Because lead can still be found in plumbing systems, remember to use cold (not hot) water from the tap for cooking, food preparations, and to prepare infant formula. If the tap has not been used for 6 to 8 hours and you are not sure whether there is lead in your plumbing, run the water for 30 to 60 seconds before using it.
If lead is present, or suspected to be present, you should not start renovation projects without getting the proper training or hiring trained contractors. Always assume any painted surface contains lead-based paint unless it has been tested by a properly certified inspector and found to be lead free. Always use lead safe work practices that minimize the spread of lead dust. Disturbing lead paint without using safe practices can release huge amounts of lead dust into your home. Vermont's EMP law does not require dust testing after a project; however you should consider having a lead dust test at the end of a renovation project if the work disturbs lead-painted surfaces. A lead dust clearance test offers the highest level of safety for children because if can determine if all lead dust has been property cleaned up and removed from the work area.
Lead dust testing can only be performed by someone licensed and certified as a lead inspector or lead dust sample technician. These are specialized certifications for the lead abatement industry and are different from the EMP certifications. Remember, under Vermont Law, the following
Hobbies or Work
If either involves use of; or exposure to lead, be especially careful to prevent exposure to children. Remember that children can be poisoned by taking lead home on your clothes or hands, or if they have access to the hobby area.
Porcelain and Ceramics
Lead as commonly added to ceramics and porcelain as both a fluxing agent and a pigment. Studies have shown that approximately 75% of the bathtubs in pre-1978 Vermont housing contain lead in the glaze. Lead can be found in both cast iron and steel tubs and in porcelain bathroom and kitchen sinks. Almost 40% of the tubs with lead in the glaze also had high levels of lead dust which means lead could end up in water or be ingested by children touching the glaze. The risk can be minimized by showering instead of bathing children, or by placing a plastic basin in the bottom of the tub and filling the basin with water instead of the tub.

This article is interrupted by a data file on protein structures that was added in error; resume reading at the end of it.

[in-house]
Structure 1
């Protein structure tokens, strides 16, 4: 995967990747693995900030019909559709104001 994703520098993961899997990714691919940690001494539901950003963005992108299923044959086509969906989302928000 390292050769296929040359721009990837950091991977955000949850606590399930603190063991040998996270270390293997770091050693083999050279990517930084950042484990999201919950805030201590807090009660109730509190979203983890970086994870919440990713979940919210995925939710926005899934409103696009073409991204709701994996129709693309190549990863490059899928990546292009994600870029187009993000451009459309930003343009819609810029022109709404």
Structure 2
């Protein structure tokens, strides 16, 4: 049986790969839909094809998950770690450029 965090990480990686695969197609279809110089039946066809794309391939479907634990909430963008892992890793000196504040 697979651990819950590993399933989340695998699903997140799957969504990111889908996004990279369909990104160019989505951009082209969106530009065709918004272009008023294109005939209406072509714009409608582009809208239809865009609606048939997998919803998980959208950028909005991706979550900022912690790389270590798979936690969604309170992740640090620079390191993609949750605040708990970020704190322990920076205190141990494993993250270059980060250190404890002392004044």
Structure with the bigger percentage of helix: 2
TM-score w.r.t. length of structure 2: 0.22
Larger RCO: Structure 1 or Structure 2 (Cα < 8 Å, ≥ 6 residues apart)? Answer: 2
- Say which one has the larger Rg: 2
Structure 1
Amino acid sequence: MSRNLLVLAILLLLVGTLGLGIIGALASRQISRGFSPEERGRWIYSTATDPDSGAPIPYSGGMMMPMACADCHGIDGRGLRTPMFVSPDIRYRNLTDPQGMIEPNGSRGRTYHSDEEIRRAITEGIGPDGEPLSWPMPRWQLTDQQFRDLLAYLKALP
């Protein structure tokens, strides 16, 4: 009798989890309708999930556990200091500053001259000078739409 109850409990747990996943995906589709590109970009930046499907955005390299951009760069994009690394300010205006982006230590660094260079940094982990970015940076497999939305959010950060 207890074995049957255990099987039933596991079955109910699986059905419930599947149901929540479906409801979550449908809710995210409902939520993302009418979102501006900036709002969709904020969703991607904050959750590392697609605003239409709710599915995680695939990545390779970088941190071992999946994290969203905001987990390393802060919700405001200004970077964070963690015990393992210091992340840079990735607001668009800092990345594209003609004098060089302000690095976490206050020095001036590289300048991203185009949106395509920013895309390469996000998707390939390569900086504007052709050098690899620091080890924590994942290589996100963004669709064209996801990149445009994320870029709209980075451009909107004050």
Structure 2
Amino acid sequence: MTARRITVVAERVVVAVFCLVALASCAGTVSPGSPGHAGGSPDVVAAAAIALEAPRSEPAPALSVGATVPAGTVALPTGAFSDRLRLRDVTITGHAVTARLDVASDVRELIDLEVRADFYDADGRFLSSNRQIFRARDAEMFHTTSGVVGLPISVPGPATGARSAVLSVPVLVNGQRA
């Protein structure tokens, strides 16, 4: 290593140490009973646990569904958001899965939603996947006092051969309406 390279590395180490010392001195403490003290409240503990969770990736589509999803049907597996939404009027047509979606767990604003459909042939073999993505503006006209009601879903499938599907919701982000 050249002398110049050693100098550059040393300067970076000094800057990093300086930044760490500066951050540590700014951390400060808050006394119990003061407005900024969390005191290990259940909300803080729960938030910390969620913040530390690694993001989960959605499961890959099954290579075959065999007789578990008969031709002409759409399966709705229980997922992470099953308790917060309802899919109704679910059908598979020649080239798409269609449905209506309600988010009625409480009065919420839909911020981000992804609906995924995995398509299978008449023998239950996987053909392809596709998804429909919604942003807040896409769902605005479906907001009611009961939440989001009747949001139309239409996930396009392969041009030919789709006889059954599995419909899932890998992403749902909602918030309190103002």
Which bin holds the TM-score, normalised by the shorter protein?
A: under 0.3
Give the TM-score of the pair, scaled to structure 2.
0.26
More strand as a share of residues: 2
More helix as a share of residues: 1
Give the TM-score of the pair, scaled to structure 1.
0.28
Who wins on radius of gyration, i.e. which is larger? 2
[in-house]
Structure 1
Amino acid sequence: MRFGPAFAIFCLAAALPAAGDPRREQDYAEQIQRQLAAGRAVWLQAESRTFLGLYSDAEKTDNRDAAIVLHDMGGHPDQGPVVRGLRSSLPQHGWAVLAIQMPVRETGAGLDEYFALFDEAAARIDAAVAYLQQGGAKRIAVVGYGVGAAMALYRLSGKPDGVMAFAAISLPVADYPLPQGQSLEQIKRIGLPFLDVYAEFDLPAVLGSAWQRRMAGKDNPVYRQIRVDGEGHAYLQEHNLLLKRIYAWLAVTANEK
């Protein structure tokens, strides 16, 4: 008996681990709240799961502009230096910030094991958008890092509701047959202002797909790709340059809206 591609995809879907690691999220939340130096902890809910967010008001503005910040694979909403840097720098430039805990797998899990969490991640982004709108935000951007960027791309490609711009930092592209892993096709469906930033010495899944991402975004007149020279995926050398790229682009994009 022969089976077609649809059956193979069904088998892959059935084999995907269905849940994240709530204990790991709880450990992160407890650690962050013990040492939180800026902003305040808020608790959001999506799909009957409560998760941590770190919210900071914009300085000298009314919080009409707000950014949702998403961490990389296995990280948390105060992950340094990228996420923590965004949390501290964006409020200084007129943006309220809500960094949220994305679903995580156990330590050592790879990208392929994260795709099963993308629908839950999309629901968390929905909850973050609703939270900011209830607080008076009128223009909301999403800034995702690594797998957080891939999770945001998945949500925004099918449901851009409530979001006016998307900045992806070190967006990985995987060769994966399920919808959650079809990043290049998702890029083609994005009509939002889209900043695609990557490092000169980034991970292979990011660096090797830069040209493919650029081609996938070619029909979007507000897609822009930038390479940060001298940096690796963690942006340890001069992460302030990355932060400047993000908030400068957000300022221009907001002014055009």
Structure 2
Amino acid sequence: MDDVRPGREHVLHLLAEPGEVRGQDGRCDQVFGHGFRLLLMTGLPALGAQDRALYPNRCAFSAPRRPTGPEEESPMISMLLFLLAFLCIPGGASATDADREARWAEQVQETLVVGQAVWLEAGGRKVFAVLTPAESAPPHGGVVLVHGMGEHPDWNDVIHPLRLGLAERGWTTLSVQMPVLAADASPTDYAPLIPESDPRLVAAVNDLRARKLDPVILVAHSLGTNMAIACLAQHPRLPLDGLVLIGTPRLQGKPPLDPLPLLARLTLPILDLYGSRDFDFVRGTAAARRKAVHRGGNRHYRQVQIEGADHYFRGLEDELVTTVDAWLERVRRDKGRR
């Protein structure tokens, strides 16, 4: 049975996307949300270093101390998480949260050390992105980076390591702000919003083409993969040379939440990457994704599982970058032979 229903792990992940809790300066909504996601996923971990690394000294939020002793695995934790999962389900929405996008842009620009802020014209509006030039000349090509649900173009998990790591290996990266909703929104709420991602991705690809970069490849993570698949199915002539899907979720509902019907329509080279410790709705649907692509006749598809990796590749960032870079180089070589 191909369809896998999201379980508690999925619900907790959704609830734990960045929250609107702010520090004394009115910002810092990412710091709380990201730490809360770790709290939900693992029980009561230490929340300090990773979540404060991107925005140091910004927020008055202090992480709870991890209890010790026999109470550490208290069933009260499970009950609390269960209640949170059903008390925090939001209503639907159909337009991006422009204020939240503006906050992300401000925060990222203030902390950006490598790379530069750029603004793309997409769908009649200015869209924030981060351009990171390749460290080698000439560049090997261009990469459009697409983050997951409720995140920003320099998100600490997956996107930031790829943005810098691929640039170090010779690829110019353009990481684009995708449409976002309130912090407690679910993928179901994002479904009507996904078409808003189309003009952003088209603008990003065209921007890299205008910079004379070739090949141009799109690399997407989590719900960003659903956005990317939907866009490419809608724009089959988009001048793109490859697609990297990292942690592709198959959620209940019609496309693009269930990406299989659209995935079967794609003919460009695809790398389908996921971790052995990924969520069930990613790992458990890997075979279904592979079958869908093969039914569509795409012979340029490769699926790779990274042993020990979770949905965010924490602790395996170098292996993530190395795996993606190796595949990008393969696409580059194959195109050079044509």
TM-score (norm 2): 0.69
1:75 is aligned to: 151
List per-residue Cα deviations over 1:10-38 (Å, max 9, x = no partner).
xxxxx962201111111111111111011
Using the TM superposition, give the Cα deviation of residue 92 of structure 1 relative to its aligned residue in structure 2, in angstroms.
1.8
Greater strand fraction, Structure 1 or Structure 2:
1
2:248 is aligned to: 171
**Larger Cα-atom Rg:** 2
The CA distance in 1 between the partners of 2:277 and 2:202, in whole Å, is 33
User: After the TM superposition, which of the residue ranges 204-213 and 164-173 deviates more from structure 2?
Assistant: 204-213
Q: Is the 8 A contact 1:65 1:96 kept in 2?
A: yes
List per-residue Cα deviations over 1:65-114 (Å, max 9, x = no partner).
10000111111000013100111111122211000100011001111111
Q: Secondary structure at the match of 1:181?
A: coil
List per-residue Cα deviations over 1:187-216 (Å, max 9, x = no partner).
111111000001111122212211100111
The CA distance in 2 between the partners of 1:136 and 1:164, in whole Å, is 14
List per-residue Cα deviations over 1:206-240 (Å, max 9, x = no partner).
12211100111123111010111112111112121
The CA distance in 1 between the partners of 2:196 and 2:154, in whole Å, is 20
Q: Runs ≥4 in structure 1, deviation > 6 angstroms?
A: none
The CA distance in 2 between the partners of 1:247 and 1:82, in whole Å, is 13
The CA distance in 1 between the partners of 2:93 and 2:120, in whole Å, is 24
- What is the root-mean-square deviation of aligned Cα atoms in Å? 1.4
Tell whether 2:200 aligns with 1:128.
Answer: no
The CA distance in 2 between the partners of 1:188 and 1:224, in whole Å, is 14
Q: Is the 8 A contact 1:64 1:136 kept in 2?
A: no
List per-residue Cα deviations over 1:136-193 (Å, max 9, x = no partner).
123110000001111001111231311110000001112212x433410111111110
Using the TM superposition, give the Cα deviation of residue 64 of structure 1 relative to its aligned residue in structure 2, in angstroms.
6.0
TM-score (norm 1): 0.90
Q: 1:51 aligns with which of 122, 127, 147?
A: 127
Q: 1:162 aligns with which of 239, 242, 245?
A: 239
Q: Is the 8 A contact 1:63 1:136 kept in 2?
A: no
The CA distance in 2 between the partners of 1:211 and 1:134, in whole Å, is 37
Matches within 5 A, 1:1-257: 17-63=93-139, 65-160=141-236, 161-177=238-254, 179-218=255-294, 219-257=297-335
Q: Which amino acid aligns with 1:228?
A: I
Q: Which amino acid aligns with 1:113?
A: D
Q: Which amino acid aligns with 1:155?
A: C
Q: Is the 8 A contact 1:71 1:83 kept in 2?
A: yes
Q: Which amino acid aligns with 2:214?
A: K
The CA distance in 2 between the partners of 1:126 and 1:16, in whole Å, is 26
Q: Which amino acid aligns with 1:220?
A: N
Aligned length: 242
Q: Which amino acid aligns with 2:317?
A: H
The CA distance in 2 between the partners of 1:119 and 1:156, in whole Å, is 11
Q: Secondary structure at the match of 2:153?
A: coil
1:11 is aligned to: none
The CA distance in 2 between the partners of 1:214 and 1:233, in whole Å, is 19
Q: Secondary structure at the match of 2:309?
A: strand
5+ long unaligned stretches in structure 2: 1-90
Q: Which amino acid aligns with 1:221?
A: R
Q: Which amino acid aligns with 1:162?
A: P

Occasionally lead has been found in imported ceramic pottery, ceramic mugs, and imported china dishes as well. Some china dishes have been found with no lead in the ceramic, but the design on the dish was painted with lead paint. Acidic foods stored in contact with lead paint or lead glaze has been found to leach lead into the food. If you are unsure as to the lead content of a china dish or ceramic container, don't store food in it.
Lead is commonly added to the metal alloy in most keys to make the metal softer so it can be ground into the shape necessary for using it in a lock. Studies have shown that lead can be deposited on the hands from even minor handling of keys. Children should not be allowed to handle keys and should never be allowed to put them in their mouth.